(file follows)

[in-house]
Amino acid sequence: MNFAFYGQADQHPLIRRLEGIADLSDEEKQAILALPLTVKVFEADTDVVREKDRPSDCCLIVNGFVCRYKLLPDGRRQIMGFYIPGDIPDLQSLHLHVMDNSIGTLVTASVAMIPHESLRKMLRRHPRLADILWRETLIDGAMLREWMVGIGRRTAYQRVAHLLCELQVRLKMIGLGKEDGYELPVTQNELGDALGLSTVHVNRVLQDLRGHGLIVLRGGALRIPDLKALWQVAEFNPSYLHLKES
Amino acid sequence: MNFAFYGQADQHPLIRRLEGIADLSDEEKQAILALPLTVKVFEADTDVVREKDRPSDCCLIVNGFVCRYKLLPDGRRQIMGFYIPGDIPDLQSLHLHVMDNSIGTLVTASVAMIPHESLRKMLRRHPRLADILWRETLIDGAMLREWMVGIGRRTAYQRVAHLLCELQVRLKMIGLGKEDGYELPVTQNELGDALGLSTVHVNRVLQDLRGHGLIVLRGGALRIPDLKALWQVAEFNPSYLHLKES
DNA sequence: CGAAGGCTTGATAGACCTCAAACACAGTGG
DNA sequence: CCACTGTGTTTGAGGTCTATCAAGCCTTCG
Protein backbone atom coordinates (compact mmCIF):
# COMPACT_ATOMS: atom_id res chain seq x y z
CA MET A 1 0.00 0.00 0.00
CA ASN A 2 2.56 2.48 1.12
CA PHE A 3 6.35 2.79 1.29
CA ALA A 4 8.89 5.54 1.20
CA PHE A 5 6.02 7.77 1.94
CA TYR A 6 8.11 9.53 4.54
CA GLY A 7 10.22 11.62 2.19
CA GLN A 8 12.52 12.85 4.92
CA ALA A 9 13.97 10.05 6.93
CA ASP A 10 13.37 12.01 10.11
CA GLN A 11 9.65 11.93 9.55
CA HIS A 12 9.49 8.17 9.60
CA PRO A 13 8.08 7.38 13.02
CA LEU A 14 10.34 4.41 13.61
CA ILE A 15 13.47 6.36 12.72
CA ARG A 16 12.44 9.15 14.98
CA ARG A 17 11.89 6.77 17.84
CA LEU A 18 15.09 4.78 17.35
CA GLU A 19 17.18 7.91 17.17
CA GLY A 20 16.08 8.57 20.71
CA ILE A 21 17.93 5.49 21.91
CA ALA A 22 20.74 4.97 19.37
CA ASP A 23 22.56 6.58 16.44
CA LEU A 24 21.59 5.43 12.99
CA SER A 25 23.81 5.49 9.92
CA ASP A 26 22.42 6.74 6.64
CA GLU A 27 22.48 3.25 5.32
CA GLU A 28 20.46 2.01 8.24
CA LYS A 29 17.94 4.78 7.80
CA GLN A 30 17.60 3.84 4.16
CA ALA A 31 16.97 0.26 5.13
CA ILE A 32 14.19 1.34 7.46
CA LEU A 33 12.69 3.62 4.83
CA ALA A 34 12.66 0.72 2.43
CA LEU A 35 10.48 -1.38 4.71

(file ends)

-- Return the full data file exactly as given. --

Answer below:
[in-house]
Amino acid sequence: MNFAFYGQADQHPLIRRLEGIADLSDEEKQAILALPLTVKVFEADTDVVREKDRPSDCCLIVNGFVCRYKLLPDGRRQIMGFYIPGDIPDLQSLHLHVMDNSIGTLVTASVAMIPHESLRKMLRRHPRLADILWRETLIDGAMLREWMVGIGRRTAYQRVAHLLCELQVRLKMIGLGKEDGYELPVTQNELGDALGLSTVHVNRVLQDLRGHGLIVLRGGALRIPDLKALWQVAEFNPSYLHLKES
Amino acid sequence: MNFAFYGQADQHPLIRRLEGIADLSDEEKQAILALPLTVKVFEADTDVVREKDRPSDCCLIVNGFVCRYKLLPDGRRQIMGFYIPGDIPDLQSLHLHVMDNSIGTLVTASVAMIPHESLRKMLRRHPRLADILWRETLIDGAMLREWMVGIGRRTAYQRVAHLLCELQVRLKMIGLGKEDGYELPVTQNELGDALGLSTVHVNRVLQDLRGHGLIVLRGGALRIPDLKALWQVAEFNPSYLHLKES
DNA sequence: CGAAGGCTTGATAGACCTCAAACACAGTGG
DNA sequence: CCACTGTGTTTGAGGTCTATCAAGCCTTCG
Protein backbone atom coordinates (compact mmCIF):
# COMPACT_ATOMS: atom_id res chain seq x y z
CA MET A 1 0.00 0.00 0.00
CA ASN A 2 2.56 2.48 1.12
CA PHE A 3 6.35 2.79 1.29
CA ALA A 4 8.89 5.54 1.20
CA PHE A 5 6.02 7.77 1.94
CA TYR A 6 8.11 9.53 4.54
CA GLY A 7 10.22 11.62 2.19
CA GLN A 8 12.52 12.85 4.92
CA ALA A 9 13.97 10.05 6.93
CA ASP A 10 13.37 12.01 10.11
CA GLN A 11 9.65 11.93 9.55
CA HIS A 12 9.49 8.17 9.60
CA PRO A 13 8.08 7.38 13.02
CA LEU A 14 10.34 4.41 13.61
CA ILE A 15 13.47 6.36 12.72
CA ARG A 16 12.44 9.15 14.98
CA ARG A 17 11.89 6.77 17.84
CA LEU A 18 15.09 4.78 17.35
CA GLU A 19 17.18 7.91 17.17
CA GLY A 20 16.08 8.57 20.71
CA ILE A 21 17.93 5.49 21.91
CA ALA A 22 20.74 4.97 19.37
CA ASP A 23 22.56 6.58 16.44
CA LEU A 24 21.59 5.43 12.99
CA SER A 25 23.81 5.49 9.92
CA ASP A 26 22.42 6.74 6.64
CA GLU A 27 22.48 3.25 5.32
CA GLU A 28 20.46 2.01 8.24
CA LYS A 29 17.94 4.78 7.80
CA GLN A 30 17.60 3.84 4.16
CA ALA A 31 16.97 0.26 5.13
CA ILE A 32 14.19 1.34 7.46
CA LEU A 33 12.69 3.62 4.83
CA ALA A 34 12.66 0.72 2.43
CA LEU A 35 10.48 -1.38 4.71